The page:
Jumping when stroked: when does are in season, they'll generally hop away when you stroke their back. They go into season every 4-6 days, so that might be why. But it could also be that you surprised them, if they didn't see/hear your hand going up to them, or they might not be too keen on being stroked.

Medication: I wouldn't stop scatter feeding just because they're on medication, unless they're so ill that the search for food is too strenuous for them. I scatter feed, and I split each day's rations into morning and evening meals anyway. When I have someone on medication, I just medicate immediately before a meal, then scatter the food around as usual.

Interesting that you have your doxycycline in a liquid form: when my rats had it, I got it as a 20mg tablet. It was more work to prepare as I had to crush the tablet and then divide the powder into 1/16ths (!), but then it was quite easy to hide in food as there was very little powder, and it didn't appear to taste of much. So that's something to consider if/when you next have it.

I'm not sure whether it would be better to skip Angora's evening dose today or not, given that she had 2 doses this morning. I suspect another dose this evening (i.e. 3 doses total today) would be fine, given that it's a one-off and doxycycline is not very problematic in overdose anyway. (With antibiotics, it's usually underdosing rather than overdosing that's the problem.) Equally, I suspect skipping the evening dose would also be okay.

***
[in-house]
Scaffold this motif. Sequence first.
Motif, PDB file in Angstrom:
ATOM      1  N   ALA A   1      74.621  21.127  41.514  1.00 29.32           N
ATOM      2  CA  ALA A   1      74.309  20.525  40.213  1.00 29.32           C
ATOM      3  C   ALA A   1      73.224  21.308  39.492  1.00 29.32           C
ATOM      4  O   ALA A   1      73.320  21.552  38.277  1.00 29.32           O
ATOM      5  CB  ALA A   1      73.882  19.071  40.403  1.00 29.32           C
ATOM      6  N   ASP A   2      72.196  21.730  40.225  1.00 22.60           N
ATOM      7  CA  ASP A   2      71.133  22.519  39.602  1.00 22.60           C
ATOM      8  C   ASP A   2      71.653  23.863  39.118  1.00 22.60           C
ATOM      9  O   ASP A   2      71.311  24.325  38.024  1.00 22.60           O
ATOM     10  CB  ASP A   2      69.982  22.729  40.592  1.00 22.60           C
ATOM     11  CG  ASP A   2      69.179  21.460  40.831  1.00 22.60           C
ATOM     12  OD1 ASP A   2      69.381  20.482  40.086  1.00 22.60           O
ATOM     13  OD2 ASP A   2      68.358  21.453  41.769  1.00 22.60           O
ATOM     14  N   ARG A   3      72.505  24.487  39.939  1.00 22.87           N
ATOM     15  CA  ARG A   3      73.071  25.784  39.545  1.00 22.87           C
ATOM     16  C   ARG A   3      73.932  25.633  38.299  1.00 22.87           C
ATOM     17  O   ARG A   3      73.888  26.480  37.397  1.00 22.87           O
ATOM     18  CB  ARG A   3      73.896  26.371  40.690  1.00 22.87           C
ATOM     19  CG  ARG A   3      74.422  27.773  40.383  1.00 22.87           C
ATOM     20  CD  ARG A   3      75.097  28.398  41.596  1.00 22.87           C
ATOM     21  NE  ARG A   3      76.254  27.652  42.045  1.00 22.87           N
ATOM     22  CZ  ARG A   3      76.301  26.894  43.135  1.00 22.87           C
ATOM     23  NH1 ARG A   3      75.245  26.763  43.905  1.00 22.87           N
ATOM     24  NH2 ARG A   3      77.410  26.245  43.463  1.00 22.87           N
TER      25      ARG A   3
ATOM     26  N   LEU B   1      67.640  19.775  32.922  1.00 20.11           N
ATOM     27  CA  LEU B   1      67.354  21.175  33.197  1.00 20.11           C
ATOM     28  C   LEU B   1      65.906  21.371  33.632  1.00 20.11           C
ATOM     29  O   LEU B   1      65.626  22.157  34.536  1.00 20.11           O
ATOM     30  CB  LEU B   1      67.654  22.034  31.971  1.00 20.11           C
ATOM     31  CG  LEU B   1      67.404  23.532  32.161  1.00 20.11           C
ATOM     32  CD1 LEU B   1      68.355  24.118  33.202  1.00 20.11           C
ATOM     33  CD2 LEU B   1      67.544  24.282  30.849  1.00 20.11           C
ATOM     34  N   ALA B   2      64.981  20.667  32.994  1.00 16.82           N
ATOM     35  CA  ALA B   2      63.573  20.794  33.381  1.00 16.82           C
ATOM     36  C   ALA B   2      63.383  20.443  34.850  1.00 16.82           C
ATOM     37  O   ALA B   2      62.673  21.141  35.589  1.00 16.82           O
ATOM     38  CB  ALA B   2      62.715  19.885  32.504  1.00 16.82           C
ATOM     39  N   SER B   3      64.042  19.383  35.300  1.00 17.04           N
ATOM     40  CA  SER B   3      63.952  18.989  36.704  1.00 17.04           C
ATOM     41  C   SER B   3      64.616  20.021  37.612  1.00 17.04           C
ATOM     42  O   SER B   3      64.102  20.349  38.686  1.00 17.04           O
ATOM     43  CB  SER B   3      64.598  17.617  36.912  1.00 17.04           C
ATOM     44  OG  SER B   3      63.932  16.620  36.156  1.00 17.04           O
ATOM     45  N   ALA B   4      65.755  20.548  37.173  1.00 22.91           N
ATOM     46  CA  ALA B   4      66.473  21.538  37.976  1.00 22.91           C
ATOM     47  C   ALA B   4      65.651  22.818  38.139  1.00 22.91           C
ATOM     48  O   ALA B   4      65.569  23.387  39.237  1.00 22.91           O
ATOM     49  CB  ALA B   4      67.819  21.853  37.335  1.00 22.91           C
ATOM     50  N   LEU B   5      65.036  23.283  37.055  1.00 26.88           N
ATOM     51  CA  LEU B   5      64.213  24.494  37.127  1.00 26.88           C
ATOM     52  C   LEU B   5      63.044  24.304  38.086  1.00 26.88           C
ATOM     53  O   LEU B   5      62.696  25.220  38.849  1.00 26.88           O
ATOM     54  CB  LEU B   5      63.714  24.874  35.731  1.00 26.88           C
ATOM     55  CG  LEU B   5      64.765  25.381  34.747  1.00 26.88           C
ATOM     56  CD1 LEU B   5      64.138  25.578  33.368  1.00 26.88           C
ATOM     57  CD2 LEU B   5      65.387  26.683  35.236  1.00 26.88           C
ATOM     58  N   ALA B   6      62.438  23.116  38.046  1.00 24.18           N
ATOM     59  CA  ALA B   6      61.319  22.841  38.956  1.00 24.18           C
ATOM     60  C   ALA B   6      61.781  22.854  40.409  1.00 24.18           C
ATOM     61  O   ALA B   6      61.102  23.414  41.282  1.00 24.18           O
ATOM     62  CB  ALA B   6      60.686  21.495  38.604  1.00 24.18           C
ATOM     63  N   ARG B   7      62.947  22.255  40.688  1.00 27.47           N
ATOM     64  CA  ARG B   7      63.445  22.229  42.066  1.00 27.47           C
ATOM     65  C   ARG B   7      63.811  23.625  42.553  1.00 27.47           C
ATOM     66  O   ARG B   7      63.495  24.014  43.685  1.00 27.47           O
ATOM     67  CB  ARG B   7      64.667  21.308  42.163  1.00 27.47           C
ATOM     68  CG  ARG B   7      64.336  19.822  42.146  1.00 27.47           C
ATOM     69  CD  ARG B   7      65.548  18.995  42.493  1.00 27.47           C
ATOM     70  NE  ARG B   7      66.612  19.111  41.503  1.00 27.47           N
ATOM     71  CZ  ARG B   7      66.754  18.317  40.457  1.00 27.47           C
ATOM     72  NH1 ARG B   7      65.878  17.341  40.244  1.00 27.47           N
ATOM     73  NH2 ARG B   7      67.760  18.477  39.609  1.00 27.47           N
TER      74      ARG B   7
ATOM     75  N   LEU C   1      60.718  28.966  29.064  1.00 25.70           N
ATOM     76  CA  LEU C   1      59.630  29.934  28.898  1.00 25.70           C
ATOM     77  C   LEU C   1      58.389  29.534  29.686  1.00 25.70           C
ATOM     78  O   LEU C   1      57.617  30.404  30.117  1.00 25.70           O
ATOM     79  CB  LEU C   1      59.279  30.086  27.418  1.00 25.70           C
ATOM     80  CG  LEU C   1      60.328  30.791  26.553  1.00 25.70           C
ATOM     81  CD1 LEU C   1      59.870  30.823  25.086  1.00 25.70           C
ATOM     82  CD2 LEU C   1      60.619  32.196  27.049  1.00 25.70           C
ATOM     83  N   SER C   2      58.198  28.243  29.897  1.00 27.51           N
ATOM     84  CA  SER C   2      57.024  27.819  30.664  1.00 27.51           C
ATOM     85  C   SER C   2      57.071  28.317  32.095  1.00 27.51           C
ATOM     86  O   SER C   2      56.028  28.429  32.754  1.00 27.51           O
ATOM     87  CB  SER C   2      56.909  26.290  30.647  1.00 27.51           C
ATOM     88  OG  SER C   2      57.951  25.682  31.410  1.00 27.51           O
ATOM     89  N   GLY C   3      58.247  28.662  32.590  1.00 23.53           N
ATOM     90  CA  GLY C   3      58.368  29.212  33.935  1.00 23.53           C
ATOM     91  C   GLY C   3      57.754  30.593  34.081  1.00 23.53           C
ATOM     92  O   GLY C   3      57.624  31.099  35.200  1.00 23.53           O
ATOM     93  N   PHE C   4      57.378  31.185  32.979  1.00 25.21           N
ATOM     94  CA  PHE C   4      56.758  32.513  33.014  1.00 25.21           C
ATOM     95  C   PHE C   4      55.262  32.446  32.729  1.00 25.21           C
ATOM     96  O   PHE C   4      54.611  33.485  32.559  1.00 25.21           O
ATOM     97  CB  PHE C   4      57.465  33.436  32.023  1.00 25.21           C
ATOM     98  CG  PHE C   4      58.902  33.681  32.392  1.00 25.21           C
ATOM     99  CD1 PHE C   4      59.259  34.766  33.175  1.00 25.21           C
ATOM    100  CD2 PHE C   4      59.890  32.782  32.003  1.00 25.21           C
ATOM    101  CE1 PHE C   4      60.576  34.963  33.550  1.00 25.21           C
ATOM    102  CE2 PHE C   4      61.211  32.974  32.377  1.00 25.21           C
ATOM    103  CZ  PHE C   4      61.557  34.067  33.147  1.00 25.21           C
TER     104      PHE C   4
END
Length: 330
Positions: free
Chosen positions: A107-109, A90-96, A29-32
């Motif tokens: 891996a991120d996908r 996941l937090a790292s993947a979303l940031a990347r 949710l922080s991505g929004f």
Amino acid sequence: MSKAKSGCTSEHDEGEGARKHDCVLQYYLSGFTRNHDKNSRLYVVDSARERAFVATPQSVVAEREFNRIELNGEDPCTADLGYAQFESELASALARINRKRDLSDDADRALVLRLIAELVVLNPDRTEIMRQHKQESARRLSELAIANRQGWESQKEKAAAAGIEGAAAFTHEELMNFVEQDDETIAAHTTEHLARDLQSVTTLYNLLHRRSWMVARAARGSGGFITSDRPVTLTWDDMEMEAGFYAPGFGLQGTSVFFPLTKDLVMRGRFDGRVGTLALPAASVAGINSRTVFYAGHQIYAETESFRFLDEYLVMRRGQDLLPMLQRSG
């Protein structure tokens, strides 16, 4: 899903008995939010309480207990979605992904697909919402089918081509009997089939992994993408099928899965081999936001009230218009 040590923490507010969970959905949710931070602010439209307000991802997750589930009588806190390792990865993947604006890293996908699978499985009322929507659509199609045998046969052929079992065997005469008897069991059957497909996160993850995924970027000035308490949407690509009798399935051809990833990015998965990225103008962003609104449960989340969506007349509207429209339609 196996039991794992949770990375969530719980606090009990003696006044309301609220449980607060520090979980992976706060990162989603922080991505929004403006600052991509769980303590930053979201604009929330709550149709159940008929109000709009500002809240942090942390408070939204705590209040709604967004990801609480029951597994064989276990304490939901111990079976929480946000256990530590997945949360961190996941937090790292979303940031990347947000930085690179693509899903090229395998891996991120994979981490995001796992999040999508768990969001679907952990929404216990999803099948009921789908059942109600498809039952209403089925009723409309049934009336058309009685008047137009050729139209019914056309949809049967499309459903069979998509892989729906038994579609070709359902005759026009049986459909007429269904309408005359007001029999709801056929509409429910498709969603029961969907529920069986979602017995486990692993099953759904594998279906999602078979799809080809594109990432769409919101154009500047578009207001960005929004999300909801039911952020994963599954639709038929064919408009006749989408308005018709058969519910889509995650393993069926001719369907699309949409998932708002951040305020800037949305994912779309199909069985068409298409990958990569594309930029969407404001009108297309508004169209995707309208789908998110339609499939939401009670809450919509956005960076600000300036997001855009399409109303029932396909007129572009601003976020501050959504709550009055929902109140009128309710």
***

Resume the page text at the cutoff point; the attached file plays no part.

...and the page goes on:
Free range and handling: Given that they've only recently moved into their new home, don't have the best background, and are currently being treated for respiratory issues, I wouldn't fuss/stress over your girls getting "enough" free ranging and handling right now. You need to convince them to take their medication twice a day which, as you've seen, is not always easy! And building/maintaining a good working relationship with them is an important part of that. So long as you can convince them to take medicated food off you, that's enough for now; focus on that, and everything else can be worked on later once they're feeling better and are more settled in their new home.